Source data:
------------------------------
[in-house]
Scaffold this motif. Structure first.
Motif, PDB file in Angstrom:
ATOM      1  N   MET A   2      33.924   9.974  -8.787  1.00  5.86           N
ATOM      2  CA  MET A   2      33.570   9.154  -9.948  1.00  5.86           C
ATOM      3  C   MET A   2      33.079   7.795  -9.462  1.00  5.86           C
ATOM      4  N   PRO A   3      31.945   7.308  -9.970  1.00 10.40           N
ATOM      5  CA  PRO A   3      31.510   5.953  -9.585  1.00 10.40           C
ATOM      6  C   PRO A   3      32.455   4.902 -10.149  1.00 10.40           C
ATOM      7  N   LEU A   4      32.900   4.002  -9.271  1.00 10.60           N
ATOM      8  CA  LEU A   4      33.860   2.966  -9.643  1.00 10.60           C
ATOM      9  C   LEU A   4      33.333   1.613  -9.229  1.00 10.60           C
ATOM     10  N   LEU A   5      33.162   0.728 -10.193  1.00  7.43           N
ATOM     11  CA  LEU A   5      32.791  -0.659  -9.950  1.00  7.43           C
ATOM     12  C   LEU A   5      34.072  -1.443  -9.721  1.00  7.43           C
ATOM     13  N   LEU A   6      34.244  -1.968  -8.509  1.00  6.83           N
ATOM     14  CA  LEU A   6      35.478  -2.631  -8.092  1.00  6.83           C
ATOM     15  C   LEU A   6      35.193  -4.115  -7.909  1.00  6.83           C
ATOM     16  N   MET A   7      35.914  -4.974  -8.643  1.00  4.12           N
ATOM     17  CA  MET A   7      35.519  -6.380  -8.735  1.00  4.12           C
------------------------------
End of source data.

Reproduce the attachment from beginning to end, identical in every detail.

[in-house]
Scaffold this motif. Structure first.
Motif, PDB file in Angstrom:
ATOM      1  N   MET A   2      33.924   9.974  -8.787  1.00  5.86           N
ATOM      2  CA  MET A   2      33.570   9.154  -9.948  1.00  5.86           C
ATOM      3  C   MET A   2      33.079   7.795  -9.462  1.00  5.86           C
ATOM      4  N   PRO A   3      31.945   7.308  -9.970  1.00 10.40           N
ATOM      5  CA  PRO A   3      31.510   5.953  -9.585  1.00 10.40           C
ATOM      6  C   PRO A   3      32.455   4.902 -10.149  1.00 10.40           C
ATOM      7  N   LEU A   4      32.900   4.002  -9.271  1.00 10.60           N
ATOM      8  CA  LEU A   4      33.860   2.966  -9.643  1.00 10.60           C
ATOM      9  C   LEU A   4      33.333   1.613  -9.229  1.00 10.60           C
ATOM     10  N   LEU A   5      33.162   0.728 -10.193  1.00  7.43           N
ATOM     11  CA  LEU A   5      32.791  -0.659  -9.950  1.00  7.43           C
ATOM     12  C   LEU A   5      34.072  -1.443  -9.721  1.00  7.43           C
ATOM     13  N   LEU A   6      34.244  -1.968  -8.509  1.00  6.83           N
ATOM     14  CA  LEU A   6      35.478  -2.631  -8.092  1.00  6.83           C
ATOM     15  C   LEU A   6      35.193  -4.115  -7.909  1.00  6.83           C
ATOM     16  N   MET A   7      35.914  -4.974  -8.643  1.00  4.12           N
ATOM     17  CA  MET A   7      35.519  -6.380  -8.735  1.00  4.12           C